Graph Plotting and Customization

This example shows how to plot graphs, and then customize the display to add labels or highlighting to the graph nodes and edges.

Graph Plotting Objects

Use the plot function to plot graph and digraph objects. By default, plot examines the size and type of graph to determine which layout to use. The resulting figure window contains no axes tick marks. However, if you specify the (x,y) coordinates of the nodes with the XData, YData, or ZData name-value pairs, then the figure includes axes ticks.

Node labels are included automatically in plots of graphs that have 100 or fewer nodes. The node labels use the node names if available; otherwise, the labels are numeric node indices.

For example, create a graph using the buckyball adjacency matrix, and then plot the graph using all of the default options. If you call plot and specify an output argument, then the function returns a handle to a GraphPlot object. Subsequently, you can use this object to adjust properties of the plot. For example, you can change the color or style of the edges, the size and color of the nodes, and so on.

G = graph(bucky);
p = plot(G)

p = 
  GraphPlot with properties:

     NodeColor: [0 0.4470 0.7410]
    MarkerSize: 4
        Marker: 'o'
     EdgeColor: [0 0.4470 0.7410]
     LineWidth: 0.5000
     LineStyle: '-'
     NodeLabel: {1x60 cell}
     EdgeLabel: {}
         XData: [1x60 double]
         YData: [1x60 double]
         ZData: [1x60 double]

  Show all properties

After you have a handle to the GraphPlot object, use dot indexing to access or change the property values. For a complete list of the properties that you can adjust, see GraphPlot Properties.

Change the value of NodeColor to 'red'.

p.NodeColor = 'red';

Determine the line width of the edges.

ans = 0.5000

Create and Plot Graph

Create and plot a graph representing an L-shaped membrane constructed from a square grid with a side of 12 nodes. Specify an output argument with plot to return a handle to the GraphPlot object.

n = 12;
A = delsq(numgrid('L',n));
G = graph(A,'omitselfloops')
G = 
  graph with properties:

    Edges: [130x2 table]
    Nodes: [75x0 table]

p = plot(G)

p = 
  GraphPlot with properties:

     NodeColor: [0 0.4470 0.7410]
    MarkerSize: 4
        Marker: 'o'
     EdgeColor: [0 0.4470 0.7410]
     LineWidth: 0.5000
     LineStyle: '-'
     NodeLabel: {1x75 cell}
     EdgeLabel: {}
         XData: [1x75 double]
         YData: [1x75 double]
         ZData: [1x75 double]

  Show all properties

Change Graph Node Layout

Use the layout function to change the layout of the graph nodes in the plot. The different layout options automatically compute node coordinates for the plot. Alternatively, you can specify your own node coordinates with the XData, YData, and ZData properties of the GraphPlot object.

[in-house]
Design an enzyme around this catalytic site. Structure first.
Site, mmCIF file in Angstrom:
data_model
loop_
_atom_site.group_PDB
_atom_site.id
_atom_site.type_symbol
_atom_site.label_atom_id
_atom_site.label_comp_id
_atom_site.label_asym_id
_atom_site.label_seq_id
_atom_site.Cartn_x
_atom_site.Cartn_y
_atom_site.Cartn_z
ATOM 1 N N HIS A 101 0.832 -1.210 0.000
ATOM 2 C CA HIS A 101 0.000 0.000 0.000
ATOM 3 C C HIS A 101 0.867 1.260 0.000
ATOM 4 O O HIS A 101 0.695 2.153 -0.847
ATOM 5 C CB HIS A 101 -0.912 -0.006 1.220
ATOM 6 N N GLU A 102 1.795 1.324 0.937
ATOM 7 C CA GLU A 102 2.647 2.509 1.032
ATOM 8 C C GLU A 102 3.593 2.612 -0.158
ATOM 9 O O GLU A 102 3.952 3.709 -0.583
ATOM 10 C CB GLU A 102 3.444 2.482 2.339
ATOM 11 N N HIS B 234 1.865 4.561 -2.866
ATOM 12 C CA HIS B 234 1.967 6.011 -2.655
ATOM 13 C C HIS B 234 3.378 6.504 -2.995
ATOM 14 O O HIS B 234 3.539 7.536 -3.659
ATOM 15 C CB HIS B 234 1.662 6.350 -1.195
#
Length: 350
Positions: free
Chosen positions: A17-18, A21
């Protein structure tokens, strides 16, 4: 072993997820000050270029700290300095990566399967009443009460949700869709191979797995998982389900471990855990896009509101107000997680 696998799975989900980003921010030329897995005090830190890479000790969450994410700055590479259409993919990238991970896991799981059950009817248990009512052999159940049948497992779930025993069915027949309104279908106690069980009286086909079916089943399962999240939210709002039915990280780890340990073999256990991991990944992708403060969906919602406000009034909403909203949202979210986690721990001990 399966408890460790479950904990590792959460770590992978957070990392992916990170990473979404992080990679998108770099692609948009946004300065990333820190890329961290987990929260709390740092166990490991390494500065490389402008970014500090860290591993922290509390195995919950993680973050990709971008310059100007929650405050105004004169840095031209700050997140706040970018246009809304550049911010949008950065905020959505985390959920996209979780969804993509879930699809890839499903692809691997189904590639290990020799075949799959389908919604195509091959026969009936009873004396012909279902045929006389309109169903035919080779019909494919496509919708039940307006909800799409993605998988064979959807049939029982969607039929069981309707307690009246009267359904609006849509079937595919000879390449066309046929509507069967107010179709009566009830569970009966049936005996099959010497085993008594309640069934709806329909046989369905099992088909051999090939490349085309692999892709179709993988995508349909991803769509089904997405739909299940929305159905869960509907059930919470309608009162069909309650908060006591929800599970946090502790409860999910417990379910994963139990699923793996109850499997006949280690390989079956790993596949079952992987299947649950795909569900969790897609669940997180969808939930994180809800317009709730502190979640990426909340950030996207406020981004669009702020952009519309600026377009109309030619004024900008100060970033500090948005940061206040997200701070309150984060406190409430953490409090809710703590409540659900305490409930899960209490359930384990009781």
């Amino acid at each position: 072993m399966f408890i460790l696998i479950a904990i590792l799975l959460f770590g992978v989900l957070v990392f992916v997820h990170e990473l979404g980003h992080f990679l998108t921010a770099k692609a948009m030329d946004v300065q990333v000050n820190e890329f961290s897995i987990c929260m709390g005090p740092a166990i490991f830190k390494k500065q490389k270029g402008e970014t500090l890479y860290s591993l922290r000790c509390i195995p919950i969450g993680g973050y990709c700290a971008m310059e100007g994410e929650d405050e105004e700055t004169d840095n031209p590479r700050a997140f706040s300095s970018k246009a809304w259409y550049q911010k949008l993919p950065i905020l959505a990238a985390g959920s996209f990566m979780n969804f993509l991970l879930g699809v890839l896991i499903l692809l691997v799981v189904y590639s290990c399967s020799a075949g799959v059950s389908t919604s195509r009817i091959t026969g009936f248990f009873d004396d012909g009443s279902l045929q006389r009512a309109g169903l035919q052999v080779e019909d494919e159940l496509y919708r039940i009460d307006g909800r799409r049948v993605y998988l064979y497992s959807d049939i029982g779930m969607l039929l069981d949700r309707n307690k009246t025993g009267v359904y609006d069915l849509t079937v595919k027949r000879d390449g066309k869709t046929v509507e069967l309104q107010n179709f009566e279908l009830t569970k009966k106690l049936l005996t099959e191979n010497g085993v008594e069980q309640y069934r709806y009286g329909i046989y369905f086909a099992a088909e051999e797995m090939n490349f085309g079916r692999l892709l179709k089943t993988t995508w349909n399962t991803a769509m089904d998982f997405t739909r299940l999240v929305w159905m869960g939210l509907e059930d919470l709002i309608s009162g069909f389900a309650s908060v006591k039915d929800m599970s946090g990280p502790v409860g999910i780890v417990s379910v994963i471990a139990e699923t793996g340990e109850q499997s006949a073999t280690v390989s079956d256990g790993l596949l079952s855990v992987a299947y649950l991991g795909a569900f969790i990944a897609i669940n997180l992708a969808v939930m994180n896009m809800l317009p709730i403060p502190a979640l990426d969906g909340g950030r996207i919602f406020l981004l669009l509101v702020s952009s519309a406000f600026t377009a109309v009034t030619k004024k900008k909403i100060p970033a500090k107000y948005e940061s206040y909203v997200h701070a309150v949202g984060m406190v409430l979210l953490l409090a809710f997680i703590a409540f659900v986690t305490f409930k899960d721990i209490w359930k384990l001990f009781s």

Instead of using the default 2-D layout method, use layout to specify the 'force3' layout, which is a 3-D force directed layout.


Proportional Node Coloring

Color the graph nodes based on their degree. In this graph, all of the interior nodes have the same maximum degree of 4, nodes along the boundary of the graph have a degree of 3, and the corner nodes have the smallest degree of 2. Store this node coloring data as the variable NodeColors in G.Nodes.

G.Nodes.NodeColors = degree(G);
p.NodeCData = G.Nodes.NodeColors;

Edge Line Width by Weight

Add some random integer weights to the graph edges, and then plot the edges such that their line width is proportional to their weight. Since an edge line width approximately greater than 7 starts to become cumbersome, scale the line widths such that the edge with the greatest weight has a line width of 7. Store this edge width data as the variable LWidths in G.Edges.

G.Edges.Weight = randi([10 250],130,1);
G.Edges.LWidths = 7*G.Edges.Weight/max(G.Edges.Weight);
p.LineWidth = G.Edges.LWidths;

Extract Subgraph

Extract and plot the top right corner of G as a subgraph, to make it easier to read the details on the graph. The new graph, H, inherits the NodeColors and LWidths variables from G, so that recreating the previous plot customizations is straightforward. However, the nodes in H are renumbered to account for the new number of nodes in the graph.

H = subgraph(G,[1:31 36:41]);
p1 = plot(H,'NodeCData',H.Nodes.NodeColors,'LineWidth',H.Edges.LWidths);

Label Nodes and Edges

Use labeledge to label the edges whose width is larger than 6 with the label, 'Large'. The labelnode function works in a similar manner for labeling nodes.

labeledge(p1,find(H.Edges.LWidths > 6),'Large')

Highlight Shortest Path

Find the shortest path between node 11 and node 37 in the subgraph, H. Highlight the edges along this path in red, and increase the size of the end nodes on the path.

path = shortestpath(H,11,37)
path = 1×10

    11    12    17    18    19    24    25    30    36    37

highlight(p1,[11 37])

Remove the node labels and colorbar, and make all of the nodes black.

p1.NodeLabel = {};
colorbar off
p1.NodeColor = 'black';

Find a different shortest path that ignores the edge weights. Highlight this path in green.

path2 = shortestpath(H,11,37,'Method','unweighted')
path2 = 1×10

    11    12    13    14    15    20    25    30    31    37


Plotting Large Graphs

It is common to create graphs that have hundreds of thousands, or even millions, of nodes and/or edges. For this reason, plot treats large graphs slightly differently to maintain readability and performance. The plot function makes these adjustments when working with graphs that have more than 100 nodes:

  1. The default graph layout method is always 'subspace'.

  2. The nodes are no longer labeled automatically.

  3. The MarkerSize property is set to 2. (Smaller graphs have a marker size of 4).

  4. The ArrowSize property of directed graphs is set to 4. (Smaller directed graphs use an arrow size of 7).

See Also

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